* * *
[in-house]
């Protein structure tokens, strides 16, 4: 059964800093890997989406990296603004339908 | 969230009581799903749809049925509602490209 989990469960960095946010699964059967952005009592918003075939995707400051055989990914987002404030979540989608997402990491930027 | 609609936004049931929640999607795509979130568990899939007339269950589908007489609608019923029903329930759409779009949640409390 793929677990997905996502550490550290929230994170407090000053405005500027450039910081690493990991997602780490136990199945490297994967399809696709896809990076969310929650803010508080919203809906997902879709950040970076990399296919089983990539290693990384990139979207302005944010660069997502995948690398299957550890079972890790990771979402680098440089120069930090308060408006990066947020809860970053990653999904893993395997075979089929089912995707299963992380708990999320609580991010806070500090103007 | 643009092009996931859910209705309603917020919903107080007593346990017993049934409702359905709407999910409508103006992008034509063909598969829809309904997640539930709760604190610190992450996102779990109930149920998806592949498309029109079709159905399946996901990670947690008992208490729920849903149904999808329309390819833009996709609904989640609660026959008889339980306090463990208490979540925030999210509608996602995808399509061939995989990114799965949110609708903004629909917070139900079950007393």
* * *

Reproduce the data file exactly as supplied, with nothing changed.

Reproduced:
[in-house]
């Protein structure tokens, strides 16, 4: 059964800093890997989406990296603004339908 | 969230009581799903749809049925509602490209 989990469960960095946010699964059967952005009592918003075939995707400051055989990914987002404030979540989608997402990491930027 | 609609936004049931929640999607795509979130568990899939007339269950589908007489609608019923029903329930759409779009949640409390 793929677990997905996502550490550290929230994170407090000053405005500027450039910081690493990991997602780490136990199945490297994967399809696709896809990076969310929650803010508080919203809906997902879709950040970076990399296919089983990539290693990384990139979207302005944010660069997502995948690398299957550890079972890790990771979402680098440089120069930090308060408006990066947020809860970053990653999904893993395997075979089929089912995707299963992380708990999320609580991010806070500090103007 | 643009092009996931859910209705309603917020919903107080007593346990017993049934409702359905709407999910409508103006992008034509063909598969829809309904997640539930709760604190610190992450996102779990109930149920998806592949498309029109079709159905399946996901990670947690008992208490729920849903149904999808329309390819833009996709609904989640609660026959008889339980306090463990208490979540925030999210509608996602995808399509061939995989990114799965949110609708903004629909917070139900079950007393």